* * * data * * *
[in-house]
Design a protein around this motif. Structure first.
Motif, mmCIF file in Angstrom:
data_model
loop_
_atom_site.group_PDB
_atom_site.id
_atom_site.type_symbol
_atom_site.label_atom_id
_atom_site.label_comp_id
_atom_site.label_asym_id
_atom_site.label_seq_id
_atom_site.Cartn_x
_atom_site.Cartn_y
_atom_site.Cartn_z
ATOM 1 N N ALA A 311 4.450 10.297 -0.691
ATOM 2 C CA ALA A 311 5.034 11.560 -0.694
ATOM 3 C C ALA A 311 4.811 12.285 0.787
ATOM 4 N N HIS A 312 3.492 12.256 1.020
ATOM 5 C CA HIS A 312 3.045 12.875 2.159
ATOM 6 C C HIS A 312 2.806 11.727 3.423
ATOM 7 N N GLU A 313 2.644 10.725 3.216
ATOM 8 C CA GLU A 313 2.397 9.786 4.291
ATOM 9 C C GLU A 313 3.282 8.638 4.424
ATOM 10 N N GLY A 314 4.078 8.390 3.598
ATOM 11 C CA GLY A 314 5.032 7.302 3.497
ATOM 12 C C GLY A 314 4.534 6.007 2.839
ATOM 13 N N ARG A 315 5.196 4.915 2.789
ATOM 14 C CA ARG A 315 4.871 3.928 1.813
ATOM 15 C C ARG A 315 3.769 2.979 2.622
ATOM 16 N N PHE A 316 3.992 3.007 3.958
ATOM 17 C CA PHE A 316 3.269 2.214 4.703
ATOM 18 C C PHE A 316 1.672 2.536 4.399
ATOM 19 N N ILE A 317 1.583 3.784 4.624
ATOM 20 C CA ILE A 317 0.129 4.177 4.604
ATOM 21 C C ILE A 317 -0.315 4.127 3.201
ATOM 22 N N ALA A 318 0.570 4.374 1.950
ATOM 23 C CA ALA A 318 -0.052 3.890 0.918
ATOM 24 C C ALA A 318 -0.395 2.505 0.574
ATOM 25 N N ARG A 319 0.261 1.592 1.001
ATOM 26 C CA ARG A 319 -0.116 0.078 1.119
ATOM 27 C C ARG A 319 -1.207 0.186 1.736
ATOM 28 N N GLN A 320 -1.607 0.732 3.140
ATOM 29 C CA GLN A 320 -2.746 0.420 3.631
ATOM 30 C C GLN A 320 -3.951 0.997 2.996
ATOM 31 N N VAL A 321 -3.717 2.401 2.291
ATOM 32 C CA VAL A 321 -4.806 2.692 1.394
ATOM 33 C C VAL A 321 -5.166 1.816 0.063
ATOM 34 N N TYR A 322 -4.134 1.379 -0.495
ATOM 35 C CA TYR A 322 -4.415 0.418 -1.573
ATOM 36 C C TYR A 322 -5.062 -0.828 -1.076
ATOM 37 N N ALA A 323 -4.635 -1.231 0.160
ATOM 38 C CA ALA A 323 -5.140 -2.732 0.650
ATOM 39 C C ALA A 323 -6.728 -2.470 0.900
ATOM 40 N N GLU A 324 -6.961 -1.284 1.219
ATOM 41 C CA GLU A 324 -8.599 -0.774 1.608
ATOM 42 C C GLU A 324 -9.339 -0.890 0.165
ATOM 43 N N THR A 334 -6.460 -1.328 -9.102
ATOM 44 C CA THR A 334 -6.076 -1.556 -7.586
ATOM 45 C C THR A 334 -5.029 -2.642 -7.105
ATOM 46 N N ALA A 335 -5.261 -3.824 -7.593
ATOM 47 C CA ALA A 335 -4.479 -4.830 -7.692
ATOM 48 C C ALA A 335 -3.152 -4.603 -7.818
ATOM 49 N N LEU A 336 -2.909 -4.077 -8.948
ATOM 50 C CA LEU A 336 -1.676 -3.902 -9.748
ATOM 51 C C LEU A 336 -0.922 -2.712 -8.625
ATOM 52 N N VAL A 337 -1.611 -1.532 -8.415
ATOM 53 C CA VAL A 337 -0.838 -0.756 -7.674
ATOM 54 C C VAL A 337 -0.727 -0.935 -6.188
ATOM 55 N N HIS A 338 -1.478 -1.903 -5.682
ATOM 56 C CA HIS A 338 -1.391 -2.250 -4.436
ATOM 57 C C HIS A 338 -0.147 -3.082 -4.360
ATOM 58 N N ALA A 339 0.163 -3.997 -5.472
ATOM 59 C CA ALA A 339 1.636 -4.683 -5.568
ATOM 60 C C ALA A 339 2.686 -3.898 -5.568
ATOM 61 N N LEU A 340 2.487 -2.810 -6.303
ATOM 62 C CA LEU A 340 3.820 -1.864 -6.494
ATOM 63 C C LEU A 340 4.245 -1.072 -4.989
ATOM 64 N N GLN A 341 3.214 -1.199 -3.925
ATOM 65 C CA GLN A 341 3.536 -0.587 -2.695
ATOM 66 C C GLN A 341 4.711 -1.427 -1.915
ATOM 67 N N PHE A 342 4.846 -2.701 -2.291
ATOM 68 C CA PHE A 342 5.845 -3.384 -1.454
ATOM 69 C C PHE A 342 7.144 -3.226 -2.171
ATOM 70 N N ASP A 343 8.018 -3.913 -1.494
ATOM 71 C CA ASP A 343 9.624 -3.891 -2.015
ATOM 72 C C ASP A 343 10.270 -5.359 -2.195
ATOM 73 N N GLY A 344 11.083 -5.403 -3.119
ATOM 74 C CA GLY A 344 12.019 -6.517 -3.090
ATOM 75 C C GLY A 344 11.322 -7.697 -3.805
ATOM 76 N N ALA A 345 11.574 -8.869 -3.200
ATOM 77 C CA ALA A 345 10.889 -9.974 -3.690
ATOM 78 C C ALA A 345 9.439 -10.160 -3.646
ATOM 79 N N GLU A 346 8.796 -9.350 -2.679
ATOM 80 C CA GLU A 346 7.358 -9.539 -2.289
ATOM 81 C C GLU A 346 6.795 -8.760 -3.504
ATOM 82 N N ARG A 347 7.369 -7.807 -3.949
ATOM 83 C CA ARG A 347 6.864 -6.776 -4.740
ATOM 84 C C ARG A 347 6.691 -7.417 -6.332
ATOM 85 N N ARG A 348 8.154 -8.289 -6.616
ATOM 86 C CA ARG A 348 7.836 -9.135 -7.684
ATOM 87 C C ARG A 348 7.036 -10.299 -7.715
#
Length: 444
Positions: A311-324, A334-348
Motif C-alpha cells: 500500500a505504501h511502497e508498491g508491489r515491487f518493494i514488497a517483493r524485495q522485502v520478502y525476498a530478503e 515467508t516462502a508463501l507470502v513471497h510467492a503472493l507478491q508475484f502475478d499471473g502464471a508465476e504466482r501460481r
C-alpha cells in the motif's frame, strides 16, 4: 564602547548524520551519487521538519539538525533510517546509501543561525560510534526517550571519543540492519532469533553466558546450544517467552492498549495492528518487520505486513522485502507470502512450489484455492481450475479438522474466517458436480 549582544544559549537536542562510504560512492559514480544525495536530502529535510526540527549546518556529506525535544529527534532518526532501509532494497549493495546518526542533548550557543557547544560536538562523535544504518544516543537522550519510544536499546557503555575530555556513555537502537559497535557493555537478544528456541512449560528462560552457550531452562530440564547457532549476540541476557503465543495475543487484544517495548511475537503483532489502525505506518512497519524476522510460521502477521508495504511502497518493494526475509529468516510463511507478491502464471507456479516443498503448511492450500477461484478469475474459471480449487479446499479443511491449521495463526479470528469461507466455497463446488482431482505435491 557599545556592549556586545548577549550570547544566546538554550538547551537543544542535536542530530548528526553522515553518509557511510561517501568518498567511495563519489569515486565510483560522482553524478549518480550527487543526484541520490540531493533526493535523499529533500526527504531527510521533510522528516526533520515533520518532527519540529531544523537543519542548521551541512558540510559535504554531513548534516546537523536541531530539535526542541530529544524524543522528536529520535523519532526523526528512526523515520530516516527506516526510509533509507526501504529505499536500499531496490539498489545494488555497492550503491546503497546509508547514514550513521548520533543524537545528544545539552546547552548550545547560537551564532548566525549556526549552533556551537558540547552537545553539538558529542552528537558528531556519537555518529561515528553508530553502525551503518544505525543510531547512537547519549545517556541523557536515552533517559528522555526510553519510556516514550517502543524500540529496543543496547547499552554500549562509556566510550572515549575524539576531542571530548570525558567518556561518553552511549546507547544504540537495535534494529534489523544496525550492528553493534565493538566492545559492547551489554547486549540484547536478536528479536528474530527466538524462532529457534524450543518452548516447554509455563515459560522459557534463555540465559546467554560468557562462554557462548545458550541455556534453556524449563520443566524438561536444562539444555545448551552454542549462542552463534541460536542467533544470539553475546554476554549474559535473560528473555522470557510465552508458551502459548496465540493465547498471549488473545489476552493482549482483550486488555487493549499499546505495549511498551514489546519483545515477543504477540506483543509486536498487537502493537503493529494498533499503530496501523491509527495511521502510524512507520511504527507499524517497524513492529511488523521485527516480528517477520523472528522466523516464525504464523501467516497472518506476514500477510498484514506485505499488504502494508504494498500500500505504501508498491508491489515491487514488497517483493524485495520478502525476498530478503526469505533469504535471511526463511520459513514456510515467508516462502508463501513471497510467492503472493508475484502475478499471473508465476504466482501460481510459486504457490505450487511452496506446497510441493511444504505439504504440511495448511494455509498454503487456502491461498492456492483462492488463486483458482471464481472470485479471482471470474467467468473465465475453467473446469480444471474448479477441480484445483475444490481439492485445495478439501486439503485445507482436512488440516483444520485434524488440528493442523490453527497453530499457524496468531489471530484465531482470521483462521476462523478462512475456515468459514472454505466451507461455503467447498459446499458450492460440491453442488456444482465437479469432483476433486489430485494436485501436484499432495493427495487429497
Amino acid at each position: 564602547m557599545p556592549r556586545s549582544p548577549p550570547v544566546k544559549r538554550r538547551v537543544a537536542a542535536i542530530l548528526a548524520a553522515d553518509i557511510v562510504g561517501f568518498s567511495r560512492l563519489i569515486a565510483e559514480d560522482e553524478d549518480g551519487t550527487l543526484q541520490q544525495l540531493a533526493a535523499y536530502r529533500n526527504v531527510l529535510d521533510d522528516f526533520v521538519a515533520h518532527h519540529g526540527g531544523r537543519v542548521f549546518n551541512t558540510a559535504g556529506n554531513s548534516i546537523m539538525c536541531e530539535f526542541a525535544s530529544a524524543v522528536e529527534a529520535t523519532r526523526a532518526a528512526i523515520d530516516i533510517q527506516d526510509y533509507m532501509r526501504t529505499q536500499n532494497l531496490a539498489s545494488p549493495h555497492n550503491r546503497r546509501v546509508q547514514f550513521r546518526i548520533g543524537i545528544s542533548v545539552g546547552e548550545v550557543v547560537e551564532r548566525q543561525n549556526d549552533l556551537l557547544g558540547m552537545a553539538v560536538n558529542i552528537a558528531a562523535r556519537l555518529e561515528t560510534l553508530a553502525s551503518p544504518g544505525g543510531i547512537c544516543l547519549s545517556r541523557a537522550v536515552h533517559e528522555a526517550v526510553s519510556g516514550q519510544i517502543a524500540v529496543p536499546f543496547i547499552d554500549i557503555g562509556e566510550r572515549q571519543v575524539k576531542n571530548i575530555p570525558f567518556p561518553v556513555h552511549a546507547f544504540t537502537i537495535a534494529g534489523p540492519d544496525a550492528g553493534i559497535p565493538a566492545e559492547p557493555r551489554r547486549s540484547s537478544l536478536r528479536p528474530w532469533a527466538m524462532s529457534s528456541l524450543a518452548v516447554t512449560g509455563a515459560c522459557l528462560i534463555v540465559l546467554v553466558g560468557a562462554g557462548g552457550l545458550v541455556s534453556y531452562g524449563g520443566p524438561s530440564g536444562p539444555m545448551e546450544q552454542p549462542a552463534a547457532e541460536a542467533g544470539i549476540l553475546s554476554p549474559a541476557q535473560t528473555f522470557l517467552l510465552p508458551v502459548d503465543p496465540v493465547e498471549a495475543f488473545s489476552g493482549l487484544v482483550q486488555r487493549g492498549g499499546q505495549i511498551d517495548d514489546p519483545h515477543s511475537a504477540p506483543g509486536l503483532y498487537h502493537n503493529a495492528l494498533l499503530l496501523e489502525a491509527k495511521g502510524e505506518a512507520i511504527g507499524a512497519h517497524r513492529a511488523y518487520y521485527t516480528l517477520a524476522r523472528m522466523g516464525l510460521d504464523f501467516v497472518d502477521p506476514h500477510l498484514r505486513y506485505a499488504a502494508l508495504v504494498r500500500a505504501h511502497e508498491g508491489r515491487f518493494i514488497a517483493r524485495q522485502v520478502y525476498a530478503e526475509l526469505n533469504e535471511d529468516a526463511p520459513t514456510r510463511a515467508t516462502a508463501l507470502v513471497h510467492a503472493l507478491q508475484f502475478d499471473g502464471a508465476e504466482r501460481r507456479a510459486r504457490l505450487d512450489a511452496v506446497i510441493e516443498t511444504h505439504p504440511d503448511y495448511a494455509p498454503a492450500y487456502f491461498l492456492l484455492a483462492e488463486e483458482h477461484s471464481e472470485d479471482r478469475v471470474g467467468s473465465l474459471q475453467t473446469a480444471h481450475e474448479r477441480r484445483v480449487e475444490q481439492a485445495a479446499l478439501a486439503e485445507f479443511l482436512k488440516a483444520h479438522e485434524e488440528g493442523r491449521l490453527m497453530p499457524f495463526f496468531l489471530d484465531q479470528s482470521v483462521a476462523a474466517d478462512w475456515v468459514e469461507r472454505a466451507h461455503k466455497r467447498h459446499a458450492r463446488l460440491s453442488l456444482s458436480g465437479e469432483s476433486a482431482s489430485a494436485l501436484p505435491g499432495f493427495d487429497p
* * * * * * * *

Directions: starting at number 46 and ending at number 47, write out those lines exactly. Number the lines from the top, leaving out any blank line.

ATOM 31 N N VAL A 321 -3.717 2.401 2.291
ATOM 32 C CA VAL A 321 -4.806 2.692 1.394